As policymakers continue to discuss how to react to the current economic disruption, new research aims to highlight lessons from the last major economic crisis. In a series of briefs, Harvard University’s Joint Center for Housing Studies (JCHS) and the Federal Reserve Bank of Boston highlight alleged shortcomings at the Department of Housing and Urban Development (HUD) and the Federal Housing Administration (FHA) during the Great Recession and revisits the potential for principal reductions on FHA-insured loans.
The briefs are written from the premise that foreclosures have far-reaching negative impacts, and thus any and all practical steps to avoid foreclosure should be taken.
“The literature on foreclosure is unequivocal: foreclosure is detrimental to households, to neighborhoods, and to the municipalities in which the homes are located,” wrote Rachel Bratt, author of the research briefs published this week.
Bratt studied the policies of HUD and the FHA leading into and during the Great Recession and offered several areas for the agencies to explore moving forward in order to prevent foreclosures and their negative impacts.
She proposes HUD consider the option of principal debt forgiveness, which is currently forbidden at the agency and has been debated in the past for its moral hazard. Bratt said HUD could offer a partial-payment option, in which the department covers a portion of a borrower’s principal.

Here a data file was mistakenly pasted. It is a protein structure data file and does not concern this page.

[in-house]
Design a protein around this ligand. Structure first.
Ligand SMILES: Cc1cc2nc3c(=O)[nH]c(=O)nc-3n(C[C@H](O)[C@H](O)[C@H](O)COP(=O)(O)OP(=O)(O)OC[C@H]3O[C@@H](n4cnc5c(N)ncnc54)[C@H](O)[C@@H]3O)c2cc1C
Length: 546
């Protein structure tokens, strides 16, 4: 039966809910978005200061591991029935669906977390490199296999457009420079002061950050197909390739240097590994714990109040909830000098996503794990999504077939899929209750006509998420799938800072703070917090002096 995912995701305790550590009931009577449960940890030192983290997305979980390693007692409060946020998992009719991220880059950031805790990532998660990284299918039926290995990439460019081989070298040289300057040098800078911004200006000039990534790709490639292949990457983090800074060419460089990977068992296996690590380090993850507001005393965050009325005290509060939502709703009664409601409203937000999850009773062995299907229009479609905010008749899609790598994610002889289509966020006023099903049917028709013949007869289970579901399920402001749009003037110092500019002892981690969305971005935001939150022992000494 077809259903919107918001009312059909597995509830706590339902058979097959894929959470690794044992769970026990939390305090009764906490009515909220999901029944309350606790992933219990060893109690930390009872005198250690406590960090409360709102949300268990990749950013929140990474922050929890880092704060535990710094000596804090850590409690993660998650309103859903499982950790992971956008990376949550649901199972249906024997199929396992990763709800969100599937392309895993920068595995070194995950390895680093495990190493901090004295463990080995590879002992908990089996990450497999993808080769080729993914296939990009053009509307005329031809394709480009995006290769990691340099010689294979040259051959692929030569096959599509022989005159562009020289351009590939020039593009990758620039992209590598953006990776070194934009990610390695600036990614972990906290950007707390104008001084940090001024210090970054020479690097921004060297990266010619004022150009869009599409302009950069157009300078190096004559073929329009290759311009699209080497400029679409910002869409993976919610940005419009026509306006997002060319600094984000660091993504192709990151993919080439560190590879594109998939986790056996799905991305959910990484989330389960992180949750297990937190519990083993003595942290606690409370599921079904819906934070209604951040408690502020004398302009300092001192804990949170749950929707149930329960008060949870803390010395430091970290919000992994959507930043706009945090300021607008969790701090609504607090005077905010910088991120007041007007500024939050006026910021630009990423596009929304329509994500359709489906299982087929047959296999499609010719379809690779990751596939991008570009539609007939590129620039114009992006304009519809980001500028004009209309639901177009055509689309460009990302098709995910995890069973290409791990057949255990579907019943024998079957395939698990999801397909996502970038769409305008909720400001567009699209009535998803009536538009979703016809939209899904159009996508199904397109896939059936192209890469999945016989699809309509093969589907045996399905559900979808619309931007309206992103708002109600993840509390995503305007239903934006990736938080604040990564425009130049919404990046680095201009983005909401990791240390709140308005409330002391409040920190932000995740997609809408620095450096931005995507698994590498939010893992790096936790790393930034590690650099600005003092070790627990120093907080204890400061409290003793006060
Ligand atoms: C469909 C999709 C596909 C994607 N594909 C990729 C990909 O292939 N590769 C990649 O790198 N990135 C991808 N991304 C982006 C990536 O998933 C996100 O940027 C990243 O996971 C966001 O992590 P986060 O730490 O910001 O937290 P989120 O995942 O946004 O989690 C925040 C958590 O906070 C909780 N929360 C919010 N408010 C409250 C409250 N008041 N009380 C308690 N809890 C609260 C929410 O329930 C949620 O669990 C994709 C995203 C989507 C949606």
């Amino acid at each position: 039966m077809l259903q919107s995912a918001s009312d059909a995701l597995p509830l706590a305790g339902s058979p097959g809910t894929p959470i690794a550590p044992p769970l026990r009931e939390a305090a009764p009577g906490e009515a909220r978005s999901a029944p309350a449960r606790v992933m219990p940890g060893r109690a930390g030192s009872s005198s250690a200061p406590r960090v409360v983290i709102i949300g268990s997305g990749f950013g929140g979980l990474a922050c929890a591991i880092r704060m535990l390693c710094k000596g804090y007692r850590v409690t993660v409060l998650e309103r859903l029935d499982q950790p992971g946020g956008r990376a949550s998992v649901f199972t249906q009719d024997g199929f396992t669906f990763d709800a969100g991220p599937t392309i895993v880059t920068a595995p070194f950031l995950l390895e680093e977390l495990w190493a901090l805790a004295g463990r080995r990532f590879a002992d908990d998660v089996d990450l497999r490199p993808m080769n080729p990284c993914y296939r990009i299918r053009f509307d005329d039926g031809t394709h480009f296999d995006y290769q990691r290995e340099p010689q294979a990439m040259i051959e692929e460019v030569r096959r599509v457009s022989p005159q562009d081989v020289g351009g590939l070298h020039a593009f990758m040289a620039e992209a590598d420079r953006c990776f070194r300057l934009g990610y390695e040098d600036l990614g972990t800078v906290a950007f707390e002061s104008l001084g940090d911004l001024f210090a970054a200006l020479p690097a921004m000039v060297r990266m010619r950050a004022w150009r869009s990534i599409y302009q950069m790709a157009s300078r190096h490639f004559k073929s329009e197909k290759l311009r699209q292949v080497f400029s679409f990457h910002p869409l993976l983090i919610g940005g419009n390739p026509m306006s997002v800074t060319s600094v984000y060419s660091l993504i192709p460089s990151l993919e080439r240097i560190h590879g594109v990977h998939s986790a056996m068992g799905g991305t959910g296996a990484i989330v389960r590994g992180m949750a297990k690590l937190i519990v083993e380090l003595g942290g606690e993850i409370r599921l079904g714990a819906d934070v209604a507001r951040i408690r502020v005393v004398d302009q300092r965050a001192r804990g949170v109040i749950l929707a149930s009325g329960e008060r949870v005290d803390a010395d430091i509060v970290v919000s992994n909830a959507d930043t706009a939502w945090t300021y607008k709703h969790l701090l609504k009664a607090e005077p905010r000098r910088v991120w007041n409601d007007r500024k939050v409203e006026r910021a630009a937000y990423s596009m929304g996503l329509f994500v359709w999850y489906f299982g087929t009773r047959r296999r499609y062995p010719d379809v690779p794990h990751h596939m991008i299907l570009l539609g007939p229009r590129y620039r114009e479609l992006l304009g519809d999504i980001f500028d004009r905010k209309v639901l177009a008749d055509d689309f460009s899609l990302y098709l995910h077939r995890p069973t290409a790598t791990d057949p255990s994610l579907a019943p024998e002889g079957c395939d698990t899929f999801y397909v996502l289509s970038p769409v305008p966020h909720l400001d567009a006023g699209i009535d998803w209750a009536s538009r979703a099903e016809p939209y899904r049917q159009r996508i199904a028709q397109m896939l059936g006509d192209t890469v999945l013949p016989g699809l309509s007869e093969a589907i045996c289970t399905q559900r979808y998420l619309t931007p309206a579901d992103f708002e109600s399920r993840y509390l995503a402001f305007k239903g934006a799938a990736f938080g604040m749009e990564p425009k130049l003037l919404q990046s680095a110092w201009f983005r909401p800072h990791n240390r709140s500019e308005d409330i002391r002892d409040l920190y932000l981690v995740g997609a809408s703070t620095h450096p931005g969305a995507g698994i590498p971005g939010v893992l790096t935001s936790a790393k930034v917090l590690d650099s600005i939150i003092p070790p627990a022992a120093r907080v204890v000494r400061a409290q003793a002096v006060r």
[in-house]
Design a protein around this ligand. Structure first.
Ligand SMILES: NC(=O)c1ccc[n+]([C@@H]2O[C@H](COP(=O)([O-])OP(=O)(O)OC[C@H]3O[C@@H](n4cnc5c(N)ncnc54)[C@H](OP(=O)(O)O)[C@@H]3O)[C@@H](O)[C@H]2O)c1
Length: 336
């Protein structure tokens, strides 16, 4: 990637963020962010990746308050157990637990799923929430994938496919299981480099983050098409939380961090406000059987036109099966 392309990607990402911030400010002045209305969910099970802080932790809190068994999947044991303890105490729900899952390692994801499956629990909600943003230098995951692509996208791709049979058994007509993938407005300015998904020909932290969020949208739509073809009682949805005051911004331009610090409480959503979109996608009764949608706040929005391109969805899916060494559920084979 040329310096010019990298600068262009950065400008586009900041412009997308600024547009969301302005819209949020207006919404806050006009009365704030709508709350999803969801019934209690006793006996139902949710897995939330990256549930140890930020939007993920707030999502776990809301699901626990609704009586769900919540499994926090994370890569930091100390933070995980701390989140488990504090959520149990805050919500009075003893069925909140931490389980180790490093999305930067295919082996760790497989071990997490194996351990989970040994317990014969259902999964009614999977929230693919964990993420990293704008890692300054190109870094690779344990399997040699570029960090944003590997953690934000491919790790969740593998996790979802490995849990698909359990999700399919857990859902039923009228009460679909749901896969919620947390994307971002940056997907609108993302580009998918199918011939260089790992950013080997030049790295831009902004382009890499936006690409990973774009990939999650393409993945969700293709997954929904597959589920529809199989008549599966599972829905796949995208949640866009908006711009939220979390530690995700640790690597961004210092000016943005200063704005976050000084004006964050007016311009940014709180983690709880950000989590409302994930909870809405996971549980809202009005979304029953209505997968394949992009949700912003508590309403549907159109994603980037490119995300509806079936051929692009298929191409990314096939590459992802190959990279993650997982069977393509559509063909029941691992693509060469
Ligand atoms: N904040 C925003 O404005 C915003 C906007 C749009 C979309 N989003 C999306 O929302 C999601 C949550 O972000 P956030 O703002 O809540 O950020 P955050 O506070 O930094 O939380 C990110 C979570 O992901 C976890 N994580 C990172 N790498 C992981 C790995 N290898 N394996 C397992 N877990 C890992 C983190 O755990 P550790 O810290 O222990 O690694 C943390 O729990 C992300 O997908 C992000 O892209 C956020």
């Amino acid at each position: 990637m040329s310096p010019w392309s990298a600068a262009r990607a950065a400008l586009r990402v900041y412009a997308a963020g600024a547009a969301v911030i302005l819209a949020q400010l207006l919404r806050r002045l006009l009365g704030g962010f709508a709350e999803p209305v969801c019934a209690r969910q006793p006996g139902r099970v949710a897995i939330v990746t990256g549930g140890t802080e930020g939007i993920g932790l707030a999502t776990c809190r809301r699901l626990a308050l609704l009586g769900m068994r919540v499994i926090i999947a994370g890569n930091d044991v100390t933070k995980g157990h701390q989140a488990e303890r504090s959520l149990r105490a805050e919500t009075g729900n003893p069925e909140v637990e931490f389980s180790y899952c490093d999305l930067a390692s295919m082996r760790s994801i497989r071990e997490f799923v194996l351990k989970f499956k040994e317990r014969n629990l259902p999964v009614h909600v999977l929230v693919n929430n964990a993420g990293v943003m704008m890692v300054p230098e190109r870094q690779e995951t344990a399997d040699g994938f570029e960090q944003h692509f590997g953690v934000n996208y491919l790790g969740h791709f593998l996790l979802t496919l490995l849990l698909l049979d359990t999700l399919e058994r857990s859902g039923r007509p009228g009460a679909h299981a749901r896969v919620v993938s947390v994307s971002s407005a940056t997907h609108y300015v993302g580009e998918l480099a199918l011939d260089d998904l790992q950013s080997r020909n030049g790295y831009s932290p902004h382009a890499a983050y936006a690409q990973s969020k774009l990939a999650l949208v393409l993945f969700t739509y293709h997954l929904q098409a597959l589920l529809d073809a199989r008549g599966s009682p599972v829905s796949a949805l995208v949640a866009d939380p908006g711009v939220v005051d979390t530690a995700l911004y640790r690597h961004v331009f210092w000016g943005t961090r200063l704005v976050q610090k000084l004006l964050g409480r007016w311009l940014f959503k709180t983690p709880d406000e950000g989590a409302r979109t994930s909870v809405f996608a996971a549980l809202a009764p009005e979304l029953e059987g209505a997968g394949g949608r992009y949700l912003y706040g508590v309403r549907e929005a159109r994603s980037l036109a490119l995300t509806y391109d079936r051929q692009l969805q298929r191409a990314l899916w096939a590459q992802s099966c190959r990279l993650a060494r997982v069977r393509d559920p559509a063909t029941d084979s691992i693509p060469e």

Acknowledging that the FHA’s Mutual Mortgage Insurance (MMIF) is currently sound, Bratt suggests the agency could do more to help borrowers in need.
“Going forward, the fund must continue to function in a financially sound manner, but HUD also should be willing to draw on the fund to help homeowners remain in their homes,” she wrote.
When borrowers become delinquent, it is common practice for HUD to sell those loans into the private market. Bratt calls on HUD to monitor those private entities to ensure they take appropriate steps in foreclosure prevention.
In some areas, Bratt calls for “more consistent and better enforcement” of existing rules and policies at HUD. For example, “the requirement that the lender offer a face-to-face interview to the mortgageor prior to foreclosure, represents a case of lender/servicer noncompliance and HUD enforcement failure,” she wrote.
The research is particularly timely as the economy faces another recession and “we will likely soon be facing an increase in loan defaults and foreclosures, as significant numbers of people are unable to make their mortgage payments,” according to the research.